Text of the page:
The openly gay Mexican filmmaker Julián Hernández
has won the prestigious Teddy Award for Best LGBT Feature Movie from the Berlinale
twice, which is an exceptional achievement that has only been matched by the late British auteur Derek Jarman.
Hernández’s last feature film (for which he won his 2nd Teddy) and which was probably his best too, was ‘I Am Happiness on Earth’
and it was typical of his raison d’etre with its sparse dialogue and it’s emphasis on the aesthetics of some handsome Latino men, and very little attempt to include a conventional plot. Now he has extended this forward in a series of short movies mostly directed by him, but one also from his occasional collaborator Roberto Fiesco.
The anthology simply titled Mexican Men
is of five encounters that are sensual and seductive and that are the somewhat esoteric results of these two highly imaginative filmmakers. Fiesco’s contribution “Trémulo”
has the nearest thing to a traditional narrative as it tells the tale of young soldier who goes into a small barber shop on the eve of Mexico’s Independence Day. He spies the young apprentice and so returns at night when the shop is closed off so that they can celebrate the holiday together.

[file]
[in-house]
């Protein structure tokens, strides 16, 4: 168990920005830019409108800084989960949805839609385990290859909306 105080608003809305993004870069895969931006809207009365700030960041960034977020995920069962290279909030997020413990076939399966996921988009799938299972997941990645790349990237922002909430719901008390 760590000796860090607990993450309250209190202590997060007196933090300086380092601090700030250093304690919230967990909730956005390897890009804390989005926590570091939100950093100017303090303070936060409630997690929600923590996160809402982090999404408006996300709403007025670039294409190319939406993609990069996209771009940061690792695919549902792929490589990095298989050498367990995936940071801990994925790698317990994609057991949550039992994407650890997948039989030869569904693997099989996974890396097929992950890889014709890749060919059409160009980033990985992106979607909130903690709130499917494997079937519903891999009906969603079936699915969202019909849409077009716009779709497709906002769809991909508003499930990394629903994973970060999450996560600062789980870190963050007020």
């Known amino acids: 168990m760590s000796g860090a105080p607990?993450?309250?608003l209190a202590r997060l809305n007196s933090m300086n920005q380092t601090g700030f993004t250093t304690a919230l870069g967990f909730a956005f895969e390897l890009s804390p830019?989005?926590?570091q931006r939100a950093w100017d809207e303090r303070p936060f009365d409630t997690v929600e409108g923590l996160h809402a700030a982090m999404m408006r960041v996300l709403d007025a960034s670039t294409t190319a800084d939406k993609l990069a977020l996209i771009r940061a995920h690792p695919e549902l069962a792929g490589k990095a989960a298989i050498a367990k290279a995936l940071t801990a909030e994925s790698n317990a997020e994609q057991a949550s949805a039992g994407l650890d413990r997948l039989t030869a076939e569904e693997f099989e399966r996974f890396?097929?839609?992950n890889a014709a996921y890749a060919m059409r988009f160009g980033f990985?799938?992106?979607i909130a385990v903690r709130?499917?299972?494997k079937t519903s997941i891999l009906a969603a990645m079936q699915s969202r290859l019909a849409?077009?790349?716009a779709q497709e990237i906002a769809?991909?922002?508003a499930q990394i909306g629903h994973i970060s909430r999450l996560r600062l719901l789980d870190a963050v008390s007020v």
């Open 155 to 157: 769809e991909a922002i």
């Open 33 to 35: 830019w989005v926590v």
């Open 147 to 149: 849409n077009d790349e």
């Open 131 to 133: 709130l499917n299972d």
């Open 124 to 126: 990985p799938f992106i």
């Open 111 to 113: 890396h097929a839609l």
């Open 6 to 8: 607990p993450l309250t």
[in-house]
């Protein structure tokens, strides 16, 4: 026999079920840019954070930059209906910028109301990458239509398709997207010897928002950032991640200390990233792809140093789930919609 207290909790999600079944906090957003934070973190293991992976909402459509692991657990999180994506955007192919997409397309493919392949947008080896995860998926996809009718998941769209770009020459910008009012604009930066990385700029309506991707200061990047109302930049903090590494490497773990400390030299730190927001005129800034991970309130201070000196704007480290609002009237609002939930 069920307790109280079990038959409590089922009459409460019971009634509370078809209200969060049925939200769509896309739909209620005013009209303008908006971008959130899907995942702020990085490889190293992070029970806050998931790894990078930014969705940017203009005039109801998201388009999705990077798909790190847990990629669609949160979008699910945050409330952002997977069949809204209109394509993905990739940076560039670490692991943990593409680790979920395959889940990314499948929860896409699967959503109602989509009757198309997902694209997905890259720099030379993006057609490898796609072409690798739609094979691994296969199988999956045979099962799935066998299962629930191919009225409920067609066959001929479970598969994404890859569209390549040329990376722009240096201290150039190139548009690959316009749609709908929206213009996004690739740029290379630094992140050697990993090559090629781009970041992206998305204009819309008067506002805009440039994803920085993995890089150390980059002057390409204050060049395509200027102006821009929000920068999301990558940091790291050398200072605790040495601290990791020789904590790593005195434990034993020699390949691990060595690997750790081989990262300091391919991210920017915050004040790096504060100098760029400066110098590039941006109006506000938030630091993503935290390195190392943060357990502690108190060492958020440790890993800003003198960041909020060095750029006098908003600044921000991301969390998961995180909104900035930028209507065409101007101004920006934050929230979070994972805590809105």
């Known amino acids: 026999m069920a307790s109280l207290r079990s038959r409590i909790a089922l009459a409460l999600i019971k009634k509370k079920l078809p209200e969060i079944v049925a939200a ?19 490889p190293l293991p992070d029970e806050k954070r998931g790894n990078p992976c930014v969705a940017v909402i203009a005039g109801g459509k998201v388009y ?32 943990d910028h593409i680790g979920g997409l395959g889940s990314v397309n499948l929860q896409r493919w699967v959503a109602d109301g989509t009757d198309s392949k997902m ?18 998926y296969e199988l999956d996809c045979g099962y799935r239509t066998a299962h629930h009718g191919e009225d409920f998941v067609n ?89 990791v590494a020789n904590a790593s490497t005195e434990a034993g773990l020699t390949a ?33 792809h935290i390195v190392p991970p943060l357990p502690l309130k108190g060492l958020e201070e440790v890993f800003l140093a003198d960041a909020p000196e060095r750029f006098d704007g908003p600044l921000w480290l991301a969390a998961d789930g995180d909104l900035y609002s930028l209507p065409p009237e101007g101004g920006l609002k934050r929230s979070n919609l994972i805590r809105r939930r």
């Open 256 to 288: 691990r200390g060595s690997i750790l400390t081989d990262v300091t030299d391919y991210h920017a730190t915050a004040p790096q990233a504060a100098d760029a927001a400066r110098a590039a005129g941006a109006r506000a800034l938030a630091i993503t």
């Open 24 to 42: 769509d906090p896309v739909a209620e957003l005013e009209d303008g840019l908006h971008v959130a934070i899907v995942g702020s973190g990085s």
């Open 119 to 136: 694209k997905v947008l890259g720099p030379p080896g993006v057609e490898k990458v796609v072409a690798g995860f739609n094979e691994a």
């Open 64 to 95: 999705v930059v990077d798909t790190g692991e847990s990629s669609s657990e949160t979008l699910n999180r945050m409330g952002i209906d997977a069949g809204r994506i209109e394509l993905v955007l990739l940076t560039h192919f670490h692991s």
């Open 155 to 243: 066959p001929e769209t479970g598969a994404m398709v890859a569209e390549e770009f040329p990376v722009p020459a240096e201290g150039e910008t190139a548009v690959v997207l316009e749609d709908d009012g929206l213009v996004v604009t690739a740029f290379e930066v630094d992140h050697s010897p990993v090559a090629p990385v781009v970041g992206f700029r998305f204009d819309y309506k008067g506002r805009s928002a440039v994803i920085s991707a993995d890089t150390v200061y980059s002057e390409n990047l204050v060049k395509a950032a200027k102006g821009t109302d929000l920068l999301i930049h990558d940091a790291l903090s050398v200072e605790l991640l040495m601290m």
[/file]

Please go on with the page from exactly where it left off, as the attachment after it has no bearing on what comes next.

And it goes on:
Hernández’s best contribution is a short documentary with the very specific title of ‘Young Man at the Bar Masturbating with Rage and Nerve’. It’s the tale of Christian an attractive 24 year old dancer and hustler who is seemingly good at both of his careers into which he pours his heart and soul. He is a very affable young man who lives life as it comes and who deserves to succeed, but whether he will is never really that certain.
The other three very accomplished short films are : Wandering Clouds : where two men meet up to dance in the water at the local swimming pool but have to deal with an unpleasant homophobe; Atmosphere : an intriguing odd table about a mysterious outbreak; and To Live : the shortest but most sexually charged of all the tales.